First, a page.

How can I set up my own 'lifestream' site that I control?
October 21, 2008 7:20 PM   Subscribe

I'd like to set up a 'lifestream' on my website, logging all my online activities automatically and in real-time, similar to Friendfeed but that doesn't require me to be part of someone's idea of the perfect social network. Is this possible and if so, how?

For example, every time I comment on someone's blog, upload to Flickr, favorite a MeFi post, etc., I'd like a post to be automatically generated on my site, with a time-stamp. Ideally, the content of the post would also be mirrored on my site, so at a glance a visitor could see everything I've done on the web recently.

I know Friendfeed and other 'life-streaming' sites have similar functionality, but they all seem to be locked-in walled-garden social networks, online communities I don't want to be a part of, run by people I don't know working at companies I frankly don't trust. I want my lifestream to be one-way and output-only, and while for simplicity's sake I want to continue to use other sites like Facebook, Flickr, Youtube for entering my content, I'd like to be able to mirror that content on my own site. Is there such a system out there, web-based or even a local application, that would fit my needs?

Anonymous only because I'm not sure if I'm being very naive!
posted by anonymous to Computers & Internet (7 answers total) 16 users marked this as a favorite
Reblog is an rss aggregator that will allow you to collect information from all of your rss feeds and compile and display them as you see fit, on your own website. I messed with it for a while before deciding on a different approach (self-link ), but it looked pretty powerful and customizable, and there are plug-ins for several different blogging platforms. I don't think it will help with things like comments on other blogs though, since there isn't an associated feed.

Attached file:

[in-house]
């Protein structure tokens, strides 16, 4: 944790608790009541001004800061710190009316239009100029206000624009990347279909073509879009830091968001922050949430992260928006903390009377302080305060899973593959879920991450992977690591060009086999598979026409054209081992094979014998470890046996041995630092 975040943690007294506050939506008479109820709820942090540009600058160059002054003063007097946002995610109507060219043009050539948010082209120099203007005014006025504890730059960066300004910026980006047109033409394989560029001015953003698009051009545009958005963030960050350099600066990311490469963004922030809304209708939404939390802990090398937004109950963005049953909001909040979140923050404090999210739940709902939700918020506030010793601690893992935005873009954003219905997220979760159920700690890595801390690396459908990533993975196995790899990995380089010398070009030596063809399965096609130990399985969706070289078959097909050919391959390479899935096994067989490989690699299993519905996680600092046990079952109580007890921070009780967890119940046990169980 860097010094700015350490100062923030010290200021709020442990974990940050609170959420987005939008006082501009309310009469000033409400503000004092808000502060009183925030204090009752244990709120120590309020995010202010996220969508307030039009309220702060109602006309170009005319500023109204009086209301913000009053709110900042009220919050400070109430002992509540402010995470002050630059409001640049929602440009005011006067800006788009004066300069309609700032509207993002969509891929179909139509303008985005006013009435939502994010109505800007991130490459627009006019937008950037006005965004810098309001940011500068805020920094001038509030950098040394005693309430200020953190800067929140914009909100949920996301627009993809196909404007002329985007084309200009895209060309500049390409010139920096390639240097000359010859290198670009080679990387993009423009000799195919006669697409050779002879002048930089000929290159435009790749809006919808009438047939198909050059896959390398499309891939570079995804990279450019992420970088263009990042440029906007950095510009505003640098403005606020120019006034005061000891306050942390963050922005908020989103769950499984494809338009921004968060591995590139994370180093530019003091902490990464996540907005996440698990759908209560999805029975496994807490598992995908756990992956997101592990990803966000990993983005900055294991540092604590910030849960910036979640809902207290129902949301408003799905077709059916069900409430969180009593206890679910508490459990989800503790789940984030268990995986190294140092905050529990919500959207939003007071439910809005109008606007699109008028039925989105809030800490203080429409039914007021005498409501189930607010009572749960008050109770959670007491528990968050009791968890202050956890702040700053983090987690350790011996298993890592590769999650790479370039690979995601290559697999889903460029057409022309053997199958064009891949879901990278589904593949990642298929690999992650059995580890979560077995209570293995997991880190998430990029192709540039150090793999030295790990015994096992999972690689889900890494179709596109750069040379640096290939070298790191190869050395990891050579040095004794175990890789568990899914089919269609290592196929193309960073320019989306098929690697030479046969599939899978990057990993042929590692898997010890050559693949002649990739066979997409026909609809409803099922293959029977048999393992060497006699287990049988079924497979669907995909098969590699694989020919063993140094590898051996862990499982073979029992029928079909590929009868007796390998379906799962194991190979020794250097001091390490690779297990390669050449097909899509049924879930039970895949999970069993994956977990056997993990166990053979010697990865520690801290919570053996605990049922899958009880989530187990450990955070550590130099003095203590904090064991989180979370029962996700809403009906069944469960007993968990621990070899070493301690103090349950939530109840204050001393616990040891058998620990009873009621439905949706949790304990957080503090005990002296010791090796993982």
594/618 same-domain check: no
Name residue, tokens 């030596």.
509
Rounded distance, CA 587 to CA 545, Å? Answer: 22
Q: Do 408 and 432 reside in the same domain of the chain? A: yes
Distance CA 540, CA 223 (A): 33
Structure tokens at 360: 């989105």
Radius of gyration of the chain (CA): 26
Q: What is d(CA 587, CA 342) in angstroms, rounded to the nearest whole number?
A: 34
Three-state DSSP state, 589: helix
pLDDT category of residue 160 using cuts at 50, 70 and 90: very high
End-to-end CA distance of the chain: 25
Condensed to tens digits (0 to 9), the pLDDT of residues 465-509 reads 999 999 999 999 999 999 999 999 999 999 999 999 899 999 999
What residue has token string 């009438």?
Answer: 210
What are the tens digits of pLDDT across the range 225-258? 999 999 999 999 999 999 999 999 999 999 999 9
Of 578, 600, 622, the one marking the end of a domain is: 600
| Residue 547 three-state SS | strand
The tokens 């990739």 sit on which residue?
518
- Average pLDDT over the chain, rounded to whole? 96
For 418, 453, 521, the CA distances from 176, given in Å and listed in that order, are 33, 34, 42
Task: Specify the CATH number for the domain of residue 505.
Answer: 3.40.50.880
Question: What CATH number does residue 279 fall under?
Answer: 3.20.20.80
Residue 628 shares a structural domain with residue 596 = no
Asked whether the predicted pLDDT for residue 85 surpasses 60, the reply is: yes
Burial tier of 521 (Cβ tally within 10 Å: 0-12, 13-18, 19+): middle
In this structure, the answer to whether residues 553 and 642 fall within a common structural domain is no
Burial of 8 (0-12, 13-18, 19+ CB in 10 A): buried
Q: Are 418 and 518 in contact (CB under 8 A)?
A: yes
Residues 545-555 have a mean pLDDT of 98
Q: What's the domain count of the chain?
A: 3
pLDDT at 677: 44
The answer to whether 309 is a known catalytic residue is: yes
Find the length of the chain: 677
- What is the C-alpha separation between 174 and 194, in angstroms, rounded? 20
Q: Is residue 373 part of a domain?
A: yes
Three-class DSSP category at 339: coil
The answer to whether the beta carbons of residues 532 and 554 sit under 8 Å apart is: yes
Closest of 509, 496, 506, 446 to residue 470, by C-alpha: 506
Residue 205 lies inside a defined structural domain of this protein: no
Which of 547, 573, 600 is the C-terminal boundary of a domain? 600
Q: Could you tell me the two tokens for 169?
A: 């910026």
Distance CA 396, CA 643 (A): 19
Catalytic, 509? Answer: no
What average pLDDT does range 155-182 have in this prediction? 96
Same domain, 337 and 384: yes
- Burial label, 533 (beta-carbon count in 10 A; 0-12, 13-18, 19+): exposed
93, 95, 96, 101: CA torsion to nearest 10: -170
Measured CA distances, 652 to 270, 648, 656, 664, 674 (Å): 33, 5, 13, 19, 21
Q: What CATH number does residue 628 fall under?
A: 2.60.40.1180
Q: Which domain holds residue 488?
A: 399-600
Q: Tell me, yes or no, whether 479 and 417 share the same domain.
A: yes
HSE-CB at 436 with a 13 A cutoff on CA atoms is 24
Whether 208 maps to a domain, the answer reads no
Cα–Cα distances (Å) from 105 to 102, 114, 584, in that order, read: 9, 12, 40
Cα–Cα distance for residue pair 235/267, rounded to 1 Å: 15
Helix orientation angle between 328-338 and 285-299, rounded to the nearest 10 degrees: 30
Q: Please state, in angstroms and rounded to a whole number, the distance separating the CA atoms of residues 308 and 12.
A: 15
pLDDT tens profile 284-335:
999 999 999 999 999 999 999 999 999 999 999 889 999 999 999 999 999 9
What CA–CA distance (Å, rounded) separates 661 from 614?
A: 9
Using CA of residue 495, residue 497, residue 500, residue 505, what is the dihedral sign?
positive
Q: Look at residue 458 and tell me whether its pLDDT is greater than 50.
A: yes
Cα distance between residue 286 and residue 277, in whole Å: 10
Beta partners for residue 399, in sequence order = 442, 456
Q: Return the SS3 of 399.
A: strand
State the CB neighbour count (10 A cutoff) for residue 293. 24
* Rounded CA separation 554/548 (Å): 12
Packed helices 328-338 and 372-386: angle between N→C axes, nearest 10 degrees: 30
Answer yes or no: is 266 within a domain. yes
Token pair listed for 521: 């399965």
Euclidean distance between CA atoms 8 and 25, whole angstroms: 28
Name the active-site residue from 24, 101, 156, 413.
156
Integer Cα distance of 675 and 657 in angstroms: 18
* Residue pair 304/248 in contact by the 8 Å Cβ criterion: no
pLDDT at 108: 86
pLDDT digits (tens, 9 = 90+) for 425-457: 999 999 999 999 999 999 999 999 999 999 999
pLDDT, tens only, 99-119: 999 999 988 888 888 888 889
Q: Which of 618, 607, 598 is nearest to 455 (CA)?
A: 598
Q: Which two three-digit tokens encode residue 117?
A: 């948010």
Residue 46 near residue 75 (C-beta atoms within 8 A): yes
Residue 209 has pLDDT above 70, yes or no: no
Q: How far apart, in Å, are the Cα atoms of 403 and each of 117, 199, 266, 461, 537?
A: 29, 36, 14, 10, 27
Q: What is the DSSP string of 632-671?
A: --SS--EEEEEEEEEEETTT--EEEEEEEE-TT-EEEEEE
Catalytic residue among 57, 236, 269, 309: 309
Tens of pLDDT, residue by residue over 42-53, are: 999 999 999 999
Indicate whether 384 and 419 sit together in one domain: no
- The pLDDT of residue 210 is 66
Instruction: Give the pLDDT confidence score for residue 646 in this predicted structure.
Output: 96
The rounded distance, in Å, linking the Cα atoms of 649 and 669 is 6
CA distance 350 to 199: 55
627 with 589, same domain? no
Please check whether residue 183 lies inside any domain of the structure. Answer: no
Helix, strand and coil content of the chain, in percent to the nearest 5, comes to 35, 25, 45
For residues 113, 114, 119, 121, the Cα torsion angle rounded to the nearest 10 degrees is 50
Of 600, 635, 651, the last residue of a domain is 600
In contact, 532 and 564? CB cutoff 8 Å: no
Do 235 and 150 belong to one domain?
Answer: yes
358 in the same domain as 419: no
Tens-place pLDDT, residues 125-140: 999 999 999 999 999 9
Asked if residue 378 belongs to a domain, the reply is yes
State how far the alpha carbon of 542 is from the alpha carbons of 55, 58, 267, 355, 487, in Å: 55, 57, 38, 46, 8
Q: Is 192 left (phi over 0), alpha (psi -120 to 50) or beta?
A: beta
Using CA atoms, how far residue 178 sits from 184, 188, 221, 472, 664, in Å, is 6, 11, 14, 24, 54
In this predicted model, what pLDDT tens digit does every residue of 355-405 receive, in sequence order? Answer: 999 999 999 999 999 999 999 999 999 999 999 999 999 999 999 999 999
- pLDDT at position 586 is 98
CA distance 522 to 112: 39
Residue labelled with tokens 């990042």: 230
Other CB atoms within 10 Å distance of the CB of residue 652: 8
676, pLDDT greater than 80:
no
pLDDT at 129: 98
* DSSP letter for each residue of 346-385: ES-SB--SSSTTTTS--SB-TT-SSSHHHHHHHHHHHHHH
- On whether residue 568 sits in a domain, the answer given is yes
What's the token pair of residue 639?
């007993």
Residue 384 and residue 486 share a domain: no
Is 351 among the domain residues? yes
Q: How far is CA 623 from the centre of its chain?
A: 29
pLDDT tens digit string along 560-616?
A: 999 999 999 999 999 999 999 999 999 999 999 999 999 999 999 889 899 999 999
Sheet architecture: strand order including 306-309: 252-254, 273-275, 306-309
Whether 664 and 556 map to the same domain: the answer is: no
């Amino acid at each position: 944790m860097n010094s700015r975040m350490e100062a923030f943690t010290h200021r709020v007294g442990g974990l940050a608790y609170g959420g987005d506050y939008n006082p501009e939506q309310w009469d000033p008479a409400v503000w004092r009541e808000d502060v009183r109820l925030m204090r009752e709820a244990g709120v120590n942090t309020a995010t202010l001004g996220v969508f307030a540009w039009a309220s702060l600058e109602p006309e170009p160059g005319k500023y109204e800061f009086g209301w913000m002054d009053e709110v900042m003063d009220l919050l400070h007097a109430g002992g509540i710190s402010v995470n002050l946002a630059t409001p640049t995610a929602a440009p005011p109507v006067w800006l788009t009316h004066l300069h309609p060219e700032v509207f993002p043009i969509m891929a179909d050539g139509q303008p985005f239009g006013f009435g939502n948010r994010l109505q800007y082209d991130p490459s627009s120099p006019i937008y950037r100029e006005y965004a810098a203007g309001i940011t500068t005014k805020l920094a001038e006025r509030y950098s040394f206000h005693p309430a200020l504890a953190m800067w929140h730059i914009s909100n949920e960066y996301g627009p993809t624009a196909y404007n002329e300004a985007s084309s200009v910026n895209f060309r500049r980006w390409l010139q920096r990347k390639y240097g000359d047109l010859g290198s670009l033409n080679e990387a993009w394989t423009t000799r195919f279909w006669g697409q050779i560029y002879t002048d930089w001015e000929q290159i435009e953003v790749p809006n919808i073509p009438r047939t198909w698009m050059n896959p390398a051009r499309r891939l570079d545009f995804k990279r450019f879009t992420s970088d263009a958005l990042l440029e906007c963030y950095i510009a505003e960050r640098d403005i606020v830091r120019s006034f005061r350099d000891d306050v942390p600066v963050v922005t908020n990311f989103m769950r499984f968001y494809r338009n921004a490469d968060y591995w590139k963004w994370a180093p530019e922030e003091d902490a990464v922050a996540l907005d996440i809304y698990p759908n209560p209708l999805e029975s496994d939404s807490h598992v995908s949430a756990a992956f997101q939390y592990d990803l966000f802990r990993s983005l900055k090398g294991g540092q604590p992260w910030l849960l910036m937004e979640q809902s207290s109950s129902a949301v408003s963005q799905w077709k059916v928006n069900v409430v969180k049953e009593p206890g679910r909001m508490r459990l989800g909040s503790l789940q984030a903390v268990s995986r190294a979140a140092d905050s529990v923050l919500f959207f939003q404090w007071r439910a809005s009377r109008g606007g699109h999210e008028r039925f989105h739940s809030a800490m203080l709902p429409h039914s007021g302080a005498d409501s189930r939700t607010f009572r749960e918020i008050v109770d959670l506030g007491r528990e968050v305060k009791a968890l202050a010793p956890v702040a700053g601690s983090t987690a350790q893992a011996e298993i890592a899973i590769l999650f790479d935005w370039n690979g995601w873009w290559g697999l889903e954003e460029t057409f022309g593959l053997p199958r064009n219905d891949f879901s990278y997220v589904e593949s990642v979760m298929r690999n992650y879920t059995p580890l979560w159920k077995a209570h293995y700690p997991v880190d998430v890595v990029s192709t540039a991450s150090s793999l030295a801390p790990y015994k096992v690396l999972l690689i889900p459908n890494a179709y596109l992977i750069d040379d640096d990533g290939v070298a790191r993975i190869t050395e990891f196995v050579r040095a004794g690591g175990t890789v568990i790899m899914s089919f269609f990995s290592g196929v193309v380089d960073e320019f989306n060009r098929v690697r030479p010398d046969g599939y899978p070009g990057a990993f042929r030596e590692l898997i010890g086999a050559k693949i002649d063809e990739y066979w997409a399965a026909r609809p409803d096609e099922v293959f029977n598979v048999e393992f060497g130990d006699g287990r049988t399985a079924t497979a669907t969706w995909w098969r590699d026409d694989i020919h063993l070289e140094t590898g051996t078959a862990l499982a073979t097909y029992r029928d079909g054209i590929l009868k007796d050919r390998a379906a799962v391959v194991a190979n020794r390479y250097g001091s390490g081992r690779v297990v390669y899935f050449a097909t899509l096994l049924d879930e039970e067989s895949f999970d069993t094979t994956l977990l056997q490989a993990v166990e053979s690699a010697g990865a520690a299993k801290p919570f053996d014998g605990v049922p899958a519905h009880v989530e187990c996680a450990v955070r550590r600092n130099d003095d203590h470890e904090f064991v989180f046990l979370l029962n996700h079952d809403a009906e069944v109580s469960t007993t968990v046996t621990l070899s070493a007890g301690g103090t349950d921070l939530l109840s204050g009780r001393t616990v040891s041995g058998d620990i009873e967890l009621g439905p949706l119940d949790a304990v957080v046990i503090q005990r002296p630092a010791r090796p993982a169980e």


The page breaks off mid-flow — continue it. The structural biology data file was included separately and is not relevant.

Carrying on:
posted by logic vs love at 7:34 PM on October 21, 2008

There are probably others, but check out Sweetcron. It looks like it supports the following: flickr, friendfeed, qik, twitter, seesmic, slideshare, tumblr, twitter, vimeo, youtube, and presumably anyone who pumps out an RSS of what you want.
posted by Good Brain at 7:50 PM on October 21, 2008

Another vote for Sweetcron. It's very customizable, and I know a fair number of people that really like it.
posted by deansfurniture5 at 9:56 PM on October 21, 2008

Digging Sweetcron.
posted by mnology at 11:00 PM on October 21, 2008

This is exactly what Action Streams for Movable Type were invented for. They're an open format for collecting your actions from around the web, and dozens of different web services are supported, from all the big ones (Twitter, Flickr, Delicious) to tons of smaller ones. And new services are being added all the time.

Even better, if you use Movable Type to run your blog, you can use OpenID and plugins to do things like mirroring FriendFeed comments on your blog, so if someone comments on FriendFeed it shows up on your site, too. I work with the team that makes MT, but I'm recommending Action Streams because it's free and I use it myself and it works great -- I even made my own Actions Streams to pull in links and mentions from Google News and Google Blog Search. You can grab MT with Action Streams pre-installed as a virtual machine that will run on pretty much any computer or server, and try it out to see what you think.
posted by anildash at 12:03 AM on October 22, 2008

Also: Agregado lifestream+blog for Wordpress.
posted by whycurious at 12:22 AM on October 22, 2008

I've been playing around with Sweetcron for a week or so. As far as I can tell, it only hoovers up RSS feeds (or Atom feeds). I've found a few feeds it cannot parse correctly. And of course, you need to tell it what feeds to follow. So if you leave a random comment in a blog somewhere, it will not have a way to include that unless A) that blog has some way to produce a customized RSS feed showing all comments by you; and B) You actually go to the trouble of adding that feed to Sweetcron.

Getting random blog comments into any lifestream app might be a bit of a problem. Apart from an explicitly entered feed, the only other way to get that content would be to periodically search Google or Technorati for your URL (probably the most reliable identifier) and parse the results. That should work, but many blogs mark comment URLs as 'rel="nofollow"', so that link might not be findable, though I'm not sure about that.
posted by adamrice at 7:08 AM on October 22, 2008

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